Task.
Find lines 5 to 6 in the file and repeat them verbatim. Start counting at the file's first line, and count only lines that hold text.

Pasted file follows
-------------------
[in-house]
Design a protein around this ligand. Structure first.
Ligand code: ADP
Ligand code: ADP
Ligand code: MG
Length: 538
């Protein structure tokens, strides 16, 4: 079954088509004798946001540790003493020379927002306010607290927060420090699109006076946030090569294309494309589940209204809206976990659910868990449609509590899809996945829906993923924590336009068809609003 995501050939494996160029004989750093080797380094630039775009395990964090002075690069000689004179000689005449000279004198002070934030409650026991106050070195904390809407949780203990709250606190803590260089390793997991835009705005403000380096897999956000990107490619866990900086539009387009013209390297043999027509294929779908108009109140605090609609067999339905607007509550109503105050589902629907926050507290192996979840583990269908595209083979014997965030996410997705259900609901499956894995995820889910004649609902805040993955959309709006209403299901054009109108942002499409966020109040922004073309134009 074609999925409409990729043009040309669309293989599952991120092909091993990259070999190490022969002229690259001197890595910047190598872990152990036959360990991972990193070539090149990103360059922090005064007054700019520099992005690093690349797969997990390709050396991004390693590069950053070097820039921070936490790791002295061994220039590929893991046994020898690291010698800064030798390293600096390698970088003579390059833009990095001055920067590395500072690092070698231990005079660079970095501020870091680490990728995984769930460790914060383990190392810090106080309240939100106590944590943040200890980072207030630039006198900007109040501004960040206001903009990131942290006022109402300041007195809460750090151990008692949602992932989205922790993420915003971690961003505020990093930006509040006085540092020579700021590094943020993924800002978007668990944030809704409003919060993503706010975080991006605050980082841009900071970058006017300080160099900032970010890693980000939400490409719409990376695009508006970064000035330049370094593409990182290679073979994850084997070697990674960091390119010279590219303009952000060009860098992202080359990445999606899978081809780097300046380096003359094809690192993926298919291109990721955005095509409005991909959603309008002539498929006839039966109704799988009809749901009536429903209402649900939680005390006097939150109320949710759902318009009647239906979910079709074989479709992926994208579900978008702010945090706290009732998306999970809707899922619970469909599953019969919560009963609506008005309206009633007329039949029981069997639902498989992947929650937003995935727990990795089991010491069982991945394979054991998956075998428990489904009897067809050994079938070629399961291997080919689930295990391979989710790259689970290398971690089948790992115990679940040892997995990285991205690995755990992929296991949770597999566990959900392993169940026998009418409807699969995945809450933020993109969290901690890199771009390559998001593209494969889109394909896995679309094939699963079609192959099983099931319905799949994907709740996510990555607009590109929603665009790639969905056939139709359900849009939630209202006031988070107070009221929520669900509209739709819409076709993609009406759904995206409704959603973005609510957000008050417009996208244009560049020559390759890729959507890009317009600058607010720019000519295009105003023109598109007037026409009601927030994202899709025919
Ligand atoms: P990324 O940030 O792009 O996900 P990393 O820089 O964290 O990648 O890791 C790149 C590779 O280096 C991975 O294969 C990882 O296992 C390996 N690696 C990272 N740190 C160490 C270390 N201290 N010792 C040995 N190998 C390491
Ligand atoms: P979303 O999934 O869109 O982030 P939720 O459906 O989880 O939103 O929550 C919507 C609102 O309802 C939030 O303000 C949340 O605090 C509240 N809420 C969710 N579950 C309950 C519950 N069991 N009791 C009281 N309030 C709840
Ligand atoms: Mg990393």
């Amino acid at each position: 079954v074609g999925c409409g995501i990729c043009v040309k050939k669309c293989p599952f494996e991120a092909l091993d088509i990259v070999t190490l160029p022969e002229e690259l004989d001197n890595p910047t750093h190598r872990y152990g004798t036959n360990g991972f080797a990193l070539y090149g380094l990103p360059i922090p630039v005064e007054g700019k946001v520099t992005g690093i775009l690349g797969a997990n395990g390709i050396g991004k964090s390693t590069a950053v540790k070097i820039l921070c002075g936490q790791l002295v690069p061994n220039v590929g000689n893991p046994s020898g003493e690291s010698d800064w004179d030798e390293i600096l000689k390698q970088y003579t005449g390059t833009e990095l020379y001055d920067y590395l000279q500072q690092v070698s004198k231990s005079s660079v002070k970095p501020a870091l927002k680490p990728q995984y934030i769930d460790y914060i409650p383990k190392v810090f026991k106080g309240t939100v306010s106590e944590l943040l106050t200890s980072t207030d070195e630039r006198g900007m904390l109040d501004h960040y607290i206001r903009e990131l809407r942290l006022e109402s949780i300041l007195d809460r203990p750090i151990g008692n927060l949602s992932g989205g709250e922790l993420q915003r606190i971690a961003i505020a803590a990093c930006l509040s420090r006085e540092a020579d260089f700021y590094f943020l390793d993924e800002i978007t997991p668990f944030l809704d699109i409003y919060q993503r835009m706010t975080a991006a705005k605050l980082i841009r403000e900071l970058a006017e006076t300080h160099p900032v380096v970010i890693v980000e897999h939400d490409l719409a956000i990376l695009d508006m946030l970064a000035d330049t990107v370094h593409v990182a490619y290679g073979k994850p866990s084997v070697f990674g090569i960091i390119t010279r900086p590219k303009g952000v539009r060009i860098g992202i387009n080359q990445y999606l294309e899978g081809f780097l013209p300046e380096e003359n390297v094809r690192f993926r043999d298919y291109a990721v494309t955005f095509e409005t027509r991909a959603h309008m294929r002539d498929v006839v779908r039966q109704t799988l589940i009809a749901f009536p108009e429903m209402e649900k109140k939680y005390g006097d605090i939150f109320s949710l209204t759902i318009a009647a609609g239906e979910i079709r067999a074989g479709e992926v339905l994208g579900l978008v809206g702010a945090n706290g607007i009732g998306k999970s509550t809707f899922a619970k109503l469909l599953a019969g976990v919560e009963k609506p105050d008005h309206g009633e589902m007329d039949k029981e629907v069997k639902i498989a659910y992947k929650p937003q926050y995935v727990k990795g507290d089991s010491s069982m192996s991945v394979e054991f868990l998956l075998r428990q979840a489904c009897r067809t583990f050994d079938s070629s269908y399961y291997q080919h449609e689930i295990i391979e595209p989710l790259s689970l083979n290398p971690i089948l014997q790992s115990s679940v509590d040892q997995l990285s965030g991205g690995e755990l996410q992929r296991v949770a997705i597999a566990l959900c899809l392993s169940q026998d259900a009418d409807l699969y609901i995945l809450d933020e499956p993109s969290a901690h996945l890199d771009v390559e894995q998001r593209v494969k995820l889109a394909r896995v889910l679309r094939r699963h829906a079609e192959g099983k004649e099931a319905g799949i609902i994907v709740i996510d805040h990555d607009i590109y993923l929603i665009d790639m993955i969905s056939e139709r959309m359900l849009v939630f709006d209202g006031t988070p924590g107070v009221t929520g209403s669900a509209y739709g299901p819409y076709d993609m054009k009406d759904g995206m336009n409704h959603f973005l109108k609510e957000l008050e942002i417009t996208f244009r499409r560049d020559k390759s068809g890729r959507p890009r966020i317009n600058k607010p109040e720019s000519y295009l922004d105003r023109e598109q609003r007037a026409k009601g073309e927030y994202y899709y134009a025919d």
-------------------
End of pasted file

Ligand code: MG
Length: 538